African Textiles from Mungo

by Joanna on August 27, 2014


Meet Mungo, an African textiles house from Plettenberg Bay, South Africa, established in 1998. Textiles such as table linens, throws, and bedding are woven on antique 19th-century Hattersley looms, adding a sense of history to each piece. Mungo also keeps sustainability in mind by sourcing quality natural fibers, avoiding mass production, and employing local artisans to operate their looms. The result are beautifully made textiles that feel like modern heirlooms.

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{ via Rue Magazine }



by Joanna on August 26, 2014


Named after a child’s secret hiding place, Tuckbox specializes in handsome, simply furniture. Rooted in the notion of maintaining memories, keepsakes, and stories, each piece from Tuckbox is lovingly handmade in a dusty shed in Melbourne, Australia. From stacking stools to feet designed not to scratch a floor, the designs possess a silent beauty and feel incredibly thoughtful. And can we just discuss how beautiful those mint legs are???

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 { Images via Tuckbox }


Swans Island

by Joanna on August 21, 2014


Good textiles are such a luxury and often well worth a higher price, especially when handmade. It’s such a wonderful feeling to curl up with a favorite throw or blanket—and right now, I’m smitten with Swans Island. These textiles are handwoven in Maine using yarns such as organic merino, silk, alpaca, and domestic Corriedale wool, dyed with all-natural dyes. The result? Throws that are incredibly soft, exquisitely made, and reminiscent of a family heirloom.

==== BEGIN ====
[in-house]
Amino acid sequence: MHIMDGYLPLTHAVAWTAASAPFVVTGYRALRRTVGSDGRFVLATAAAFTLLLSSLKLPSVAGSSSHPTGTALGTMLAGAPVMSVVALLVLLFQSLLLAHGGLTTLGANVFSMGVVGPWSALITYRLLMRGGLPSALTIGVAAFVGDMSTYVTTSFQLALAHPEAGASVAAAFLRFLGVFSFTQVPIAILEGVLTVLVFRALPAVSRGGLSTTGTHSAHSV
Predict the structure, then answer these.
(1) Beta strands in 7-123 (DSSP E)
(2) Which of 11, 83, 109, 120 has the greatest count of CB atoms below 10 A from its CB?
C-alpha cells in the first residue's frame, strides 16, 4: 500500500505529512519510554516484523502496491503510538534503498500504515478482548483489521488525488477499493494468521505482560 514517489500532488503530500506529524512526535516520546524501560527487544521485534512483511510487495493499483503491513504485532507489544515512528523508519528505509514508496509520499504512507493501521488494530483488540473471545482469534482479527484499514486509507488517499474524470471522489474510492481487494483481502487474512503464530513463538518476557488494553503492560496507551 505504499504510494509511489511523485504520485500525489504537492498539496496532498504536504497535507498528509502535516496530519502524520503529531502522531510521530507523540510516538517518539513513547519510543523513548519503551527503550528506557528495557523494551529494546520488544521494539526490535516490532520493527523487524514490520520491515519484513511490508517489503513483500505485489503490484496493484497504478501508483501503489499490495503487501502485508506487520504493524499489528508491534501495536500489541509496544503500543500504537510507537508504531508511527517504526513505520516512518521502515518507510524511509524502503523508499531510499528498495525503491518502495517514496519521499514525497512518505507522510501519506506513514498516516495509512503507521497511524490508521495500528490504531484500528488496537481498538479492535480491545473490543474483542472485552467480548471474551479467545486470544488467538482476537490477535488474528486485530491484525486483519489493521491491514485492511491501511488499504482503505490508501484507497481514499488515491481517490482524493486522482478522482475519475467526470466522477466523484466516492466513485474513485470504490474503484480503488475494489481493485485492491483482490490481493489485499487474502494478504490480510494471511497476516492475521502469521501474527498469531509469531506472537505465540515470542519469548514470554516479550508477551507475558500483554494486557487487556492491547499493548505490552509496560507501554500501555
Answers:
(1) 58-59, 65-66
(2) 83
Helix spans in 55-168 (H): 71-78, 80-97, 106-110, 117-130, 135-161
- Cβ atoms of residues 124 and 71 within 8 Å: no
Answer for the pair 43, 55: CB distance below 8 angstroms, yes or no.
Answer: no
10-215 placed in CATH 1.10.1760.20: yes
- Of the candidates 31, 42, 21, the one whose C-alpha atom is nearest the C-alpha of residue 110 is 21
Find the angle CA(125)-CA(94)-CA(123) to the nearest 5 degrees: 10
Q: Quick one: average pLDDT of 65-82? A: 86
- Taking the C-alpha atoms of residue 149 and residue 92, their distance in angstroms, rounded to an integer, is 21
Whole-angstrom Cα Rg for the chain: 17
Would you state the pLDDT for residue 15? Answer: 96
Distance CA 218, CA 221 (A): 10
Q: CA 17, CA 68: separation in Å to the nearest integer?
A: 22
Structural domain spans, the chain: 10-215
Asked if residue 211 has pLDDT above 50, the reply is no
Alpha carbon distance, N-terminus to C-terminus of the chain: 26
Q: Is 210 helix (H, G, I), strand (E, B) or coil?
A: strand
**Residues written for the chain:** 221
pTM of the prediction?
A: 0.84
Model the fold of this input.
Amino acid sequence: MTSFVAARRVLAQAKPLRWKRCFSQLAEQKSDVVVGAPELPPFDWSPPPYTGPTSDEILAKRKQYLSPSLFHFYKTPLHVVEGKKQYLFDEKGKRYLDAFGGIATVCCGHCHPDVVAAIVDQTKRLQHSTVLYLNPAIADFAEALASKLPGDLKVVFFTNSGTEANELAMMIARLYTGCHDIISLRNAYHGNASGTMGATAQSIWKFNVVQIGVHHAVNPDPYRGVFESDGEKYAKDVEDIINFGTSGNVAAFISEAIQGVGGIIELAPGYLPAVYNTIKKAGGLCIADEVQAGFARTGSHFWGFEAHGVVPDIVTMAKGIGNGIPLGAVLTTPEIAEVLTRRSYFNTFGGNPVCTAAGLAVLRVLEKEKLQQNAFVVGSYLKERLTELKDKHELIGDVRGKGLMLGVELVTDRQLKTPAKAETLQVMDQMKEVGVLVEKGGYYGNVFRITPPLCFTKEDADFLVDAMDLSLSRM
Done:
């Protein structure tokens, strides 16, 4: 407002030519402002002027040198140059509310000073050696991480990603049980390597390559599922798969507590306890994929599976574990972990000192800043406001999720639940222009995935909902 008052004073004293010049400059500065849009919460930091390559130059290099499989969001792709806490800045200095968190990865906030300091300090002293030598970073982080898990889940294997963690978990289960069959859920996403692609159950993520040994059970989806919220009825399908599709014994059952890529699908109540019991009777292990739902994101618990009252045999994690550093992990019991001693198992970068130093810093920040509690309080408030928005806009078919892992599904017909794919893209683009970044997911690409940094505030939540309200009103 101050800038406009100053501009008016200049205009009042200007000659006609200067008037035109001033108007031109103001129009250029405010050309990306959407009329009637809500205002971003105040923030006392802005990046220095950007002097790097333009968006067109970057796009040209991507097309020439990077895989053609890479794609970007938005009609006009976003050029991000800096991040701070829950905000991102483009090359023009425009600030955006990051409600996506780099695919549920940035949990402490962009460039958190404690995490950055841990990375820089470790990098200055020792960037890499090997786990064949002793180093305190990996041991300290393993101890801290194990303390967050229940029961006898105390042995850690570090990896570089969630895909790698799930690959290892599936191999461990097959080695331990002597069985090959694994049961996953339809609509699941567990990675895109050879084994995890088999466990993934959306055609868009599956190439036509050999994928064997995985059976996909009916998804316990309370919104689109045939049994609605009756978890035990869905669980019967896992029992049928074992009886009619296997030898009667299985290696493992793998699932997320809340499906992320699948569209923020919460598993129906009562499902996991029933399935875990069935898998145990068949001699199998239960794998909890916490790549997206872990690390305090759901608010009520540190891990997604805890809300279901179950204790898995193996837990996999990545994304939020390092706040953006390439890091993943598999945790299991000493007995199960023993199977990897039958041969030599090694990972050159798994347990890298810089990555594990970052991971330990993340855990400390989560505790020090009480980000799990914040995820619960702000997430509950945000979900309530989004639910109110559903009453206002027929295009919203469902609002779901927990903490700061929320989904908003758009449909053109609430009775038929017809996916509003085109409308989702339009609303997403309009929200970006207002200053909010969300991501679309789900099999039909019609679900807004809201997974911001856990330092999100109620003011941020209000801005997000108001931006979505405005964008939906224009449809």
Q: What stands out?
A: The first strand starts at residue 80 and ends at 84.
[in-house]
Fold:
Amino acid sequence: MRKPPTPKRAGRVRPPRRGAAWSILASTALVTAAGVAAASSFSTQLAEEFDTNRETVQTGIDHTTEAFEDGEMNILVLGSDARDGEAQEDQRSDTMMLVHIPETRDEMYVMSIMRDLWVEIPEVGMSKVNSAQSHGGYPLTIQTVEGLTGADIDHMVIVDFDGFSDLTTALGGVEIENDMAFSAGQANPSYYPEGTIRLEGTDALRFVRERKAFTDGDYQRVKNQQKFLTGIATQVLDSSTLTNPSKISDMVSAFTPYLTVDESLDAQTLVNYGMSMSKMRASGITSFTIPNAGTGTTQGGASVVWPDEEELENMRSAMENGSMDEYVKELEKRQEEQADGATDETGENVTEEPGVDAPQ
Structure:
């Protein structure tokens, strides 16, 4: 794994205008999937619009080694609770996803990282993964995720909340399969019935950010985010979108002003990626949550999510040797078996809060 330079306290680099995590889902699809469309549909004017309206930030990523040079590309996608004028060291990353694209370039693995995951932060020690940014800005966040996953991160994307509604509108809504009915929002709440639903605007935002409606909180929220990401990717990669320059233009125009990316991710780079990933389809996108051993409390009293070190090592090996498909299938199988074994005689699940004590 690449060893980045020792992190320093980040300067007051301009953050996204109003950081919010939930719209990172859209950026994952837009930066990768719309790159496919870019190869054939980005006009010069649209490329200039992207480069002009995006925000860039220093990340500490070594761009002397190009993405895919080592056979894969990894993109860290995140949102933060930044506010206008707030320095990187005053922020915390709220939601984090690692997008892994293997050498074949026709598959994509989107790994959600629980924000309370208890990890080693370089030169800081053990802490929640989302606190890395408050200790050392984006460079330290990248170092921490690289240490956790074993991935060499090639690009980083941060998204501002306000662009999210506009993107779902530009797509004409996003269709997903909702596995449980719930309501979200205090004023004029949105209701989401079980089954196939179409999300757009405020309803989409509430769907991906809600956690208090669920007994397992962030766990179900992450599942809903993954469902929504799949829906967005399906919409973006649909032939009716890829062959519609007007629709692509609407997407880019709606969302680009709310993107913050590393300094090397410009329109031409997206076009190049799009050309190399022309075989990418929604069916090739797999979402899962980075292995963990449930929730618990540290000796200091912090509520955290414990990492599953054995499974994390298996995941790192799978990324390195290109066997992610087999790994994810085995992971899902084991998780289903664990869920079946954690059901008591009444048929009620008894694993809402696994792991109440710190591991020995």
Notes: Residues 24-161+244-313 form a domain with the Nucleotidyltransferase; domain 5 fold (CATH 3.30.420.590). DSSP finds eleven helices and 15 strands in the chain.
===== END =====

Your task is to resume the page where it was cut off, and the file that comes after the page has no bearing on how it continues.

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{ Images via Swans Island }


Moving Mountains

by Joanna on August 20, 2014


Talk about furniture eye candy! Moving Mountains is a Brooklyn-based design studio started by Syrette Lew. Hailing from Hawaii, the name of Lew’s practice is a “tribute to the Hawaiian archipelago and its imperceptible movement northwestward.” While the studio produce bags and jewelry along with a furniture line, it’s the larger scale pieces that have captured my attention. Each piece is hand-crafted and made of materials such as fractured marble, veneered maple, and ash. The aesthetic is actually reminiscent of mountains themselves, in the pure angular geometry you’d expect of a range.

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{ Images via Moving Mountains }


Katakana NY Ceramics

by Joanna on August 19, 2014


Katakana NY derives inspiration from a range of concepts. First and foremost, “kata kana” means “shape,” and it is also the Japanese character set for transcribing Western and foreign language. This New York-based design and lifestyle collaboration project was formed in 2012 when Japanese ceramicists Shino Takeda and Romy Northover combined forces. The result are the restrained, yet emotive pieces you see here. The shapes are simple and clean, while the glazes are what make these pieces truly sing.

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